(844) 815-9632

consulting with counsel

Can I Hire a Family Member to Be My Lawyer?

If you have a legal issue, it's only natural to ask the lawyer in the family some questions. Whether you want to hire family as counsel is another matter, however, and one to consider carefully. There are advantages to knowing your lawyer well and to having counsel that really cares about you. But family relationships can be complicated, and mixing it up is not always wise, even if it is allowed. So let's take a look at why you might not want to hire your cousin Vinny to be your counsel, although technically there is no prohibition. Too Much Information? When you talk to a lawyer about a matter, counsel will often have questions that touch on a personal or private aspect of your life. Whether you're planning your estate or defending against a criminal accusation, legal issues can be extremely personal. Do you want Vinny to know everything, considering that you'll also be eating Thanksgiving dinner with him next year? You need to be forthcoming with your lawyer. For some people and for some matters it is easier to share private details with a stranger in a professional context than with a cousin you used to have slumber parties with. For other people, a close cousin is the perfect representative. What is best for you will depend on your case, your relationship, and your other options. Maybe Vinny knows somebody he can recommend to represent you. Having a lawyer in the family is a great starting point for an inquiry but your cousin's office should not necessarily be the last stop. Also, because attorneys are licensed by state bar associations, you can always inquire with local authorities and find out more about your prospective lawyer. Money Matters Other awkward matters arise when it comes to representation, like legal fees. Depending how established your cousin Vinny's legal practice is, you may or may not be able to afford his fees. Maybe Vinny offers you a deal or graciously says he will handle the matter and not to worry about the money. Sounds nice, but you should still find out Vinny's usual price for representation in this type of matter. You do not want your lawyer to feel taken advantage of because resentment doesn't lead to great representation and it is hard not to resent someone who wants work for nothing. Lawyers do all kinds of things for clients -- from making phone calls to writing letters to going to court to filling out forms and much more. All of it is informed by their study of the law. Years of training and practice go into becoming a lawyer. Keep that in mind when you take up Vinny's time with your personal legal matters. Consult With Counsel If you're in need of legal representation and have no family lawyer or prefer to avoid involving that person in your matters, do not worry. There are many able attorneys and many of them consult for free or a minimal fee. Meet some people, tell your story, and find the lawyer who is right for you. Related Resources: Find a Lawyer Near You (FindLaw's Lawyer Directory) Top Ten Reasons to Hire a Lawyer (FindLaw's Learn About the Law) Interviewing a Lawyer (FindLaw's Learn About the Law) Where to Find a Lawyer (FindLaw's Learn About the Law)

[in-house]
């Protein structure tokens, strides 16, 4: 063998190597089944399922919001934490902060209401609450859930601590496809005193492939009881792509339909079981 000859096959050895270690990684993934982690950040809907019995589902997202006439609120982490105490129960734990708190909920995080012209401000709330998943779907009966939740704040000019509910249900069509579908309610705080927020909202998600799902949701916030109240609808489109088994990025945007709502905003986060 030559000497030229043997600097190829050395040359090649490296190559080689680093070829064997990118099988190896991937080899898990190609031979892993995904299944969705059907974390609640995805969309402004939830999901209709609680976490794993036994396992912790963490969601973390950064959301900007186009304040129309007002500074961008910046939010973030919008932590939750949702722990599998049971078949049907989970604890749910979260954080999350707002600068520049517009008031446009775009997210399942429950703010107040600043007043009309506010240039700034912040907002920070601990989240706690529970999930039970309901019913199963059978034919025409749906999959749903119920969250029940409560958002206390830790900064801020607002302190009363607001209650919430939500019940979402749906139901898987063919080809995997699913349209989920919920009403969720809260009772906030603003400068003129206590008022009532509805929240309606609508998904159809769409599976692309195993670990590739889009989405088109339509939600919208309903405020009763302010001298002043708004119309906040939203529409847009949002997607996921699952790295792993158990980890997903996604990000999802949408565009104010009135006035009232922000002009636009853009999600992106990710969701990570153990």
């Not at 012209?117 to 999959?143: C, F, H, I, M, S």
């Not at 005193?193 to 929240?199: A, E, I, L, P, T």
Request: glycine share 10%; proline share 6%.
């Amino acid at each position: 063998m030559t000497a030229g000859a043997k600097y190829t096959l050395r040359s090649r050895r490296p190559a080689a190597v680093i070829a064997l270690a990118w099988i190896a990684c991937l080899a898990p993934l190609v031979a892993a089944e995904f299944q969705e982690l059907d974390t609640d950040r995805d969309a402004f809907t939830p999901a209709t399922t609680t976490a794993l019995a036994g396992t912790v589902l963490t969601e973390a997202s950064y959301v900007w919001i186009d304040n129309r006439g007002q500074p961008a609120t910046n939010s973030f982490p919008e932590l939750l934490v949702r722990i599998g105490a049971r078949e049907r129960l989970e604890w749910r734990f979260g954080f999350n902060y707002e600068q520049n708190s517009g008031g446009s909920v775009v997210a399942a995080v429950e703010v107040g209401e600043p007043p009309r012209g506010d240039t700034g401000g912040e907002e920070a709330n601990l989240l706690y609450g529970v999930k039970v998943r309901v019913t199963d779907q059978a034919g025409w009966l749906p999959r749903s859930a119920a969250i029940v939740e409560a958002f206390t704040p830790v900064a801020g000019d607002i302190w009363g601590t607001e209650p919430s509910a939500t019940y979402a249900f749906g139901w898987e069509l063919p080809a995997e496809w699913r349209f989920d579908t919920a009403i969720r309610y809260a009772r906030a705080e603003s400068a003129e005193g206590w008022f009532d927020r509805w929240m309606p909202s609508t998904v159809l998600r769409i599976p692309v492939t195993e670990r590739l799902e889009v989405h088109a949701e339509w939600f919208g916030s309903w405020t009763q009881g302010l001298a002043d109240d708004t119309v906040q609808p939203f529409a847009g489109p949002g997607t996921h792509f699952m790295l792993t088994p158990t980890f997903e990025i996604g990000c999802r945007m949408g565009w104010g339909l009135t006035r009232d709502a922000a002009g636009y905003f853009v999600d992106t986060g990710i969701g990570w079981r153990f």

continue reading

Preparing to Meet a Real Estate Attorney

When you are meeting a lawyer for the first time on a real estate matter of any kind, it's a good idea to make a list. Before your appointment, know your concerns and questions. That's the first step. But it is a big one and will help with what's next, which is meeting your lawyer. So let's break down this list. Don't worry, it's not complicated. Making a List Why are you meeting with the lawyer? Are you seeking a specific service with respect to a particular place or general guidance? Whatever the issue is, try to boil that down to a few sentences. Write them down. Once you know your general goal for consulting with a real estate attorney, you'll have a better sense of what to ask. If you are buying a home, say, and want a lawyer to review the documents -- of which there are many -- consider all your concerns and gather all the paperwork. As you put your file together, questions will arise. Jot them down. Now you have a list. It is natural to have many questions when buying a home. There is a lot to the process apart from finding the right place -- securing financing, passing inspections, filling out endless forms with terms that are confusing and contain new vocabulary. If you're involved in a dispute, that too will involve paperwork, complaints, letters, evidence. Getting help is a good idea and getting organized in advance ensures you get the best guidance. Whatever the reason for your meeting, the key to preparation is gathering your thoughts and relevant documents. When you talk to the lawyer you'll be able to convey your concerns and needs clearly and provide context. Those are the most important steps. Next, you need to meet with the attorney. Consult With Counsel If you are dealing with a real estate matter, or just contemplating one, it's important to get good information and independent guidance. If you are buying a home, for example, the agent won't be your representative. Similarly, if you're dealing with a dispute, having wise and reliable counsel is critical. Get help. Related Resources: Find Real Estate Lawyers Near You (FindLaw's Lawyer Directory) Checklist: Are You Ready to Buy a Home? (FindLaw's Learn About the Law) Types of Legal Fees (FindLaw's Learn About the Law) Getting Legal Help With a Tenants' Rights Issue (FindLaw's Learn About the Law)
continue reading